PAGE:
The Martin County Sheriff's Office said they arrested a man overnight suspected of a dangerous shooting spree that caused damage to multiple government agencies and businesses.
"I have detectives who haven’t slept in two to three days," said Martin County Sheriff William Snyder. "We were that concerned about it.”
In post the agency's Facebook page on Tuesday morning, law enforcement released aerial video of the arrest.
Man suspected in shooting spree which caused thousands in damage to government and private bldgs, captured in takedown. See MCSO FB for vid. pic.twitter.com/jqfizbiODs
— MartinCountySheriff (@MartinFLSheriff) March 21, 2017
Following an investigation and several nights of surveillance, deputies arrested Nathan Fiorella, 32, of Stuart around 2:30 a.m.
The sheriff's office said Fiorella shot at about 15 different buildings including the Martin County and Palm Beach County courthouses, the Martin County High School and several other buildings. Detectives said Fiorella was about to begin another shooting spree when they took him into custody.
He used high-powered air guns to shoot pellets and arrows into buildings.
“He fired an arrow with enough velocity that it went through the window of a doctor’s office and lodged into a piece of furniture," said Snyder “That would kill someone in a heartbeat.”
Detectives were able to find Firoella after tracing one of the arrows back to a manufacturer in Utah and comparing receipts with zip codes from the Martin County area.
Fiorella did not comment to investigators. Snyder said they are still looking into why Fiorella targeted those 15 buildings.
“On several of them he’s known to be a patient," Snyder said.
Fiorella had left his home and was driving the same black Escalade that was used in shootings throughout the past few months, said investigators.
During his first court appearance Tuesday afternoon, Fiorella adressed the judge briefly.
One of his neighbors, who wanted to stay anonymous, said she wasn't surprised about his arrest.
“He’s a nice kid but he's a little off," the neighbor said.
The most recent incident took place at the state attorney's office when employees discovered shattered glass and a large hole in the wall of an office.
He used a high-powered air rifle, not your traditional pellet gun, according to the sheriff's office. The firearms not only fire projectiles but arrows with more than enough force to kill someone, the sheriff's office said.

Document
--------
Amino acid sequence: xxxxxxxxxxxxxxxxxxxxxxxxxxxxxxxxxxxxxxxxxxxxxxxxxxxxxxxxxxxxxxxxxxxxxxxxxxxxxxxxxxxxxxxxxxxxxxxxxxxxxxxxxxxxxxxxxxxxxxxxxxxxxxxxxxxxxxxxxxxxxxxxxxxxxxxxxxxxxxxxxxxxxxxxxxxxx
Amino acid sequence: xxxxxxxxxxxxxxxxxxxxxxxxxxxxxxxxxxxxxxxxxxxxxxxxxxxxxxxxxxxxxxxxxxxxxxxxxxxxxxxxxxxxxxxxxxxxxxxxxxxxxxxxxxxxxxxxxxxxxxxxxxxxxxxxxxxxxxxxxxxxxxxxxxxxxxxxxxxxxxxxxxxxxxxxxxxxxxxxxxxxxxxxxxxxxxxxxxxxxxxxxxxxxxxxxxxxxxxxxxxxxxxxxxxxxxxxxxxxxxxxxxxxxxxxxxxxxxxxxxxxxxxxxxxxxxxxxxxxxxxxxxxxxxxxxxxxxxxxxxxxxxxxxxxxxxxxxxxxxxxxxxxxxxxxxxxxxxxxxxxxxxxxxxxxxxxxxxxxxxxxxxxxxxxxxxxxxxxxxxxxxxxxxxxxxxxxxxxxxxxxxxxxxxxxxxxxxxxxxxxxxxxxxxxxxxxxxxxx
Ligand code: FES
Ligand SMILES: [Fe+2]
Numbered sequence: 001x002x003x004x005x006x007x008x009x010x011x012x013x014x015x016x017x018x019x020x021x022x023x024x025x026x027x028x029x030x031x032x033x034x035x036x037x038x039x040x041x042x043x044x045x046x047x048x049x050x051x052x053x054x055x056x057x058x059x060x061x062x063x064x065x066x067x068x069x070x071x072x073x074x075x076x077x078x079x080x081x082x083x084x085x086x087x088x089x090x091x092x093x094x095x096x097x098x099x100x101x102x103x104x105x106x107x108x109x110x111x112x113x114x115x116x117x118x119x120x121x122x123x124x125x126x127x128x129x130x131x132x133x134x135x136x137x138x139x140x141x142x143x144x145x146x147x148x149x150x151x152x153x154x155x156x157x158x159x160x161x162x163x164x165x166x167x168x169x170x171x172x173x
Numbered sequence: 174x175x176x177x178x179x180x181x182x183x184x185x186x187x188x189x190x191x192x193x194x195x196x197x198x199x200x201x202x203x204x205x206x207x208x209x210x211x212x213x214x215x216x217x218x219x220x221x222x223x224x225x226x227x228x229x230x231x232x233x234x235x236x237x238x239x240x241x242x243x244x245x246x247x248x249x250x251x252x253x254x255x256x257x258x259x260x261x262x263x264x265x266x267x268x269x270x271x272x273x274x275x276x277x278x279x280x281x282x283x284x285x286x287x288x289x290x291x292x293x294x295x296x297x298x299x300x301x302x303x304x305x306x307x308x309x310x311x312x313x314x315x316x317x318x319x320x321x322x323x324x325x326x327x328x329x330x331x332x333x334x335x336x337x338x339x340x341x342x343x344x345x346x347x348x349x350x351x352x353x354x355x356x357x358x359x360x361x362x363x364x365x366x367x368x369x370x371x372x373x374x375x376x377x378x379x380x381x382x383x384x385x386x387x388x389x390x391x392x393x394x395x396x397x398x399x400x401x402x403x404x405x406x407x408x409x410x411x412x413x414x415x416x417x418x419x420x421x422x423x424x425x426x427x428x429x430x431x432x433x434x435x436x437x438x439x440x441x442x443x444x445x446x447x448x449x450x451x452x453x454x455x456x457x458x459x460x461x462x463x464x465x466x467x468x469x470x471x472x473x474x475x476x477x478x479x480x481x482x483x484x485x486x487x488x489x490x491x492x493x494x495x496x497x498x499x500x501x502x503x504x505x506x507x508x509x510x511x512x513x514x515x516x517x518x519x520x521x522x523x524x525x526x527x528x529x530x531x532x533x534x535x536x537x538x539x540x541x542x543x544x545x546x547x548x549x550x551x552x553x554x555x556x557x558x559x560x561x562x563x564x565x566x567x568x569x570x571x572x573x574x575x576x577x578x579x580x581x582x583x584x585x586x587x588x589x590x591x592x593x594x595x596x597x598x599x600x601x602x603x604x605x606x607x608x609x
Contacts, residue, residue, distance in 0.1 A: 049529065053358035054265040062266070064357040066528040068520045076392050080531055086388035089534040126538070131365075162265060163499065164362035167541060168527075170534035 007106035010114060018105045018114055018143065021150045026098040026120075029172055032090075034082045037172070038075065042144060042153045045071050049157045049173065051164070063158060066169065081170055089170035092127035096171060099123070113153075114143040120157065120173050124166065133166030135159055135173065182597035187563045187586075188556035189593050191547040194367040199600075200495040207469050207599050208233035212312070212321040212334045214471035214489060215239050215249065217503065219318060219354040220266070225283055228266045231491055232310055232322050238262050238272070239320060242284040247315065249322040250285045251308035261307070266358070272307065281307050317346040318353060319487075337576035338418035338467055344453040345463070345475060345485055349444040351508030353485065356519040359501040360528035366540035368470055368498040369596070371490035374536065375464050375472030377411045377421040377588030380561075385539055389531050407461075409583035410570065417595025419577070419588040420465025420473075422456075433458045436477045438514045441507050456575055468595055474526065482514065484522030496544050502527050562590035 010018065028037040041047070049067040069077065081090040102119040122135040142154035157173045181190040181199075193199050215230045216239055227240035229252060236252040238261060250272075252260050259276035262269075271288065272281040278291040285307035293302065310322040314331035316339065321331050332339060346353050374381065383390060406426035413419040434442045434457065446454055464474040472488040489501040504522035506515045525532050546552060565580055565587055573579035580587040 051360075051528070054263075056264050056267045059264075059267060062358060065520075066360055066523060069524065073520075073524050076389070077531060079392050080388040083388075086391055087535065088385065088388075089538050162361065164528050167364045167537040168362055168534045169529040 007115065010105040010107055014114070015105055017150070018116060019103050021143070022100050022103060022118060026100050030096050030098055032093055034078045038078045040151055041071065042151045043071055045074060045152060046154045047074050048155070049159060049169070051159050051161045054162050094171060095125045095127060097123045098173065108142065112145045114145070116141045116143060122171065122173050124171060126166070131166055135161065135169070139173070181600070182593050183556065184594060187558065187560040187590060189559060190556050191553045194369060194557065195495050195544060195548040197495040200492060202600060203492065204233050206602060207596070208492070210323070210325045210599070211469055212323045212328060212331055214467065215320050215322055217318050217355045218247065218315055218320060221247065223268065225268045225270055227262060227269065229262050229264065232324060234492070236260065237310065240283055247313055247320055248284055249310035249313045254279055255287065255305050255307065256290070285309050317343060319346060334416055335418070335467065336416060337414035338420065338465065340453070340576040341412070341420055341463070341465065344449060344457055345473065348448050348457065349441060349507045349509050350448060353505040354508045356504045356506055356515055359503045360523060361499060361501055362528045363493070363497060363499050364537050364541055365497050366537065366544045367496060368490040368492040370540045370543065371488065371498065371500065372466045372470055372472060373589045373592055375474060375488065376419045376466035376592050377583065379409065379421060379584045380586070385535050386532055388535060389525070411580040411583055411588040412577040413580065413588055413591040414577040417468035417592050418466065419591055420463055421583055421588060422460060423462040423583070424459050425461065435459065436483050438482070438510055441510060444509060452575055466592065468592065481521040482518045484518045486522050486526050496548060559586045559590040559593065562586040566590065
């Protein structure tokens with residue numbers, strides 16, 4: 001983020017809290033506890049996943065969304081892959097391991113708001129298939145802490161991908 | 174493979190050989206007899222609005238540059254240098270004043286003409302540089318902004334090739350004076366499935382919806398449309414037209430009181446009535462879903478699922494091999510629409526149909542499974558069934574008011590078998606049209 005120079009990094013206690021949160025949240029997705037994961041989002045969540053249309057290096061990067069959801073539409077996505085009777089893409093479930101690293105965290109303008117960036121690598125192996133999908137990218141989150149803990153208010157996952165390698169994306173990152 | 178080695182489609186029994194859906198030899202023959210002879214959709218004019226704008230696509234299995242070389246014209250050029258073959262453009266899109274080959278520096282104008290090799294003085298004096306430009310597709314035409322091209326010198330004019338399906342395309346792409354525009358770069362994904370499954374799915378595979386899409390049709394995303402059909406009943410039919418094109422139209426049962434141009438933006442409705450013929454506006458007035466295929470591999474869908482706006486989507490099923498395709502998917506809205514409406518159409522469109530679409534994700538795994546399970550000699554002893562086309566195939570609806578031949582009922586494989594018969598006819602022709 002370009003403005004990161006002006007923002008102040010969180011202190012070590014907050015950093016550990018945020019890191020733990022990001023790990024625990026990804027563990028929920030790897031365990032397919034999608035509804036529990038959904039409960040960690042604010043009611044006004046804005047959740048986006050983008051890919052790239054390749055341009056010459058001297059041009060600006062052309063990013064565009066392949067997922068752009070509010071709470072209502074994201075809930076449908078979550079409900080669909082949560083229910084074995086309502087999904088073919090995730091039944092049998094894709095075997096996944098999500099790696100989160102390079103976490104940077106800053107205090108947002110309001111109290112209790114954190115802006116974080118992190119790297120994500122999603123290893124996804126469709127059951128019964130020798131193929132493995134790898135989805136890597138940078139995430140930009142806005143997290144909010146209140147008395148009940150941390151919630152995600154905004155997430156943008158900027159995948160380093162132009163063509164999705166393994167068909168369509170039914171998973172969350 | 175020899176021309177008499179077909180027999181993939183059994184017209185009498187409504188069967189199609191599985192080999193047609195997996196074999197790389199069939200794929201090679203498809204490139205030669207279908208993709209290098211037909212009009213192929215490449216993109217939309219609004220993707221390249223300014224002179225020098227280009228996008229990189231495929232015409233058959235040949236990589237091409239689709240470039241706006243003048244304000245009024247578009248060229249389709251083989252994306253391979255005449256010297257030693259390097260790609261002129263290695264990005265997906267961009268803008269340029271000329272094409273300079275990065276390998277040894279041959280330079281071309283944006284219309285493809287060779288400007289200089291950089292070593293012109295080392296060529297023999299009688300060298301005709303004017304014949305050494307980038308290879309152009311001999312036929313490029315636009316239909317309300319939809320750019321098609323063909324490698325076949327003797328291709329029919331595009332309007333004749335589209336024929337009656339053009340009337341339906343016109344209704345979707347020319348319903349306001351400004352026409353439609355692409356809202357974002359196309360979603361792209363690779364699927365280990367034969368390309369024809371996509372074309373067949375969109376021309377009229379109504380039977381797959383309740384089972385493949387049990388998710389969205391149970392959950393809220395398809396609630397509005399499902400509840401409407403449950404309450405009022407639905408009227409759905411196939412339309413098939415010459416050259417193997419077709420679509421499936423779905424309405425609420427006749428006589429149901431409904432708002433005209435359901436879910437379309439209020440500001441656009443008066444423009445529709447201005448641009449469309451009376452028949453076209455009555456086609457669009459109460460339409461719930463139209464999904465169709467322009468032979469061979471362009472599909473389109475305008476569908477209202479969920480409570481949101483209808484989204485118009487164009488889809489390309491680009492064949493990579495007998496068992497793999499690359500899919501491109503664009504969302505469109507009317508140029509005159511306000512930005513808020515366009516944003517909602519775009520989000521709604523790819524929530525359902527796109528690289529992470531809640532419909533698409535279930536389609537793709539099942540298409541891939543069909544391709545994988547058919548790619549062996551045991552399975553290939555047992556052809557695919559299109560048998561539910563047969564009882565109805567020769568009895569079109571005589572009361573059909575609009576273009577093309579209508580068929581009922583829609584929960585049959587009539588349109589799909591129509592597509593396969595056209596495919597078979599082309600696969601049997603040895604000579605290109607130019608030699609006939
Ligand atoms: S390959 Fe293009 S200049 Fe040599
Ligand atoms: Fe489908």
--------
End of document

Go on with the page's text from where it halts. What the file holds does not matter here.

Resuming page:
Other buildings hit over the past few weeks include the election's office, an attorney's office, banks, Martin County High School and several private businesses. Investigators suspect at least 15 buildings were hit with projectiles and Fiorella has a connection to some of the businesses that were struck. They are looking into the possibility that he even shot at the Palm Beach County Courthouse.
Martin County Sheriff William Snyder suspects other property has been damaged and he urges anyone who hasn't reported it to come forward.
“We don’t know for sure but our theory is that based on the amount of shootings that were occurring it looked like he was building up to a crescendo and it’s not hard to believe that it was only a matter of time before he shot somebody,” Sheriff Snyder said.
Teams conducted surveillance on Fiorella’s home and caught him on aerial video shooting from his vehicle at a sign in Martin County.
On Monday night, the sheriff's office said they assembled and waited for Fiorella to strike again.
That's when a SWAT team surrounded Fiorella’s vehicle and arrested him. The take down was captured on night video from the sheriff's office helicopter.
Detectives served a search warrant of Fiorella’s home where they found weapons and ammunition consistent with the shootings.
The sheriff's office said Fiorella has an arrest history that includes reckless driving, high speed fleeing and eluding and failure to appear on possession of narcotics.
They don't think anyone was hurt during the shooting spree.
Fiorella was charged with shooting a deadly missile into a structure and taken to the Martin County Jail on a $200,000 bond.
His is not cooperating with detectives, the sheriff said.
At his first appearance Tuesday afternoon it was noted that he had not filled out an application for a public defender. When asked if he had any questions he replied, “I’d just like to say convict, confusion, conspiracy and control. That’s it. It’s all a con. The whole system is a con.”
Fiorella's neighbor said he lived by himself in a house his parents had bought for him.